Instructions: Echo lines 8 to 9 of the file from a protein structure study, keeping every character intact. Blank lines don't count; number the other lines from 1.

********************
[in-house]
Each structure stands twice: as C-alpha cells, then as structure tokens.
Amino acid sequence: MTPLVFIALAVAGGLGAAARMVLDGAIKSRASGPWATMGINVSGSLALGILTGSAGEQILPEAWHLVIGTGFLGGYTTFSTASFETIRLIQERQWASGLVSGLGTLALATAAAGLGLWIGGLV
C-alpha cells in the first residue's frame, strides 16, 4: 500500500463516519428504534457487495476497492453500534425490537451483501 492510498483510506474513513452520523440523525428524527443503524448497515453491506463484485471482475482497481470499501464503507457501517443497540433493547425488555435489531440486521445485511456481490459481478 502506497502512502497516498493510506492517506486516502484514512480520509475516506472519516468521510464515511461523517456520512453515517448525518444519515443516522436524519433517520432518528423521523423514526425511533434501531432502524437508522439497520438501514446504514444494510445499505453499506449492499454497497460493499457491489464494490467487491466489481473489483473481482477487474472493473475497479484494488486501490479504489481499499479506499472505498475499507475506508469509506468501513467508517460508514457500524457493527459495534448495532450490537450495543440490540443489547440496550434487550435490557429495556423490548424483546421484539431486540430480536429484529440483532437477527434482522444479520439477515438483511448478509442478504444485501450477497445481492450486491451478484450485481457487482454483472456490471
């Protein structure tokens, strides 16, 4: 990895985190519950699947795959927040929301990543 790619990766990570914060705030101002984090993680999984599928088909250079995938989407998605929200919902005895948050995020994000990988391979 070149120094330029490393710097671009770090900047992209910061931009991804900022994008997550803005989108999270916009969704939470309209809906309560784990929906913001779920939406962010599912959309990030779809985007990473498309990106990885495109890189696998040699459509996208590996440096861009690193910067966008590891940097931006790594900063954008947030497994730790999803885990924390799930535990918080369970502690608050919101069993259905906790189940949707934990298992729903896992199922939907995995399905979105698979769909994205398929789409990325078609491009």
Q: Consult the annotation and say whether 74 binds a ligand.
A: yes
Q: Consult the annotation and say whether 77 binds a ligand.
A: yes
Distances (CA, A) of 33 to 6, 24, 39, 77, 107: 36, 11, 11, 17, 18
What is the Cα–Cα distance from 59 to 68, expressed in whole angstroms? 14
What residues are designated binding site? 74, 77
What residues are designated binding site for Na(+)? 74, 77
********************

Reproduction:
Q: Consult the annotation and say whether 77 binds a ligand.
A: yes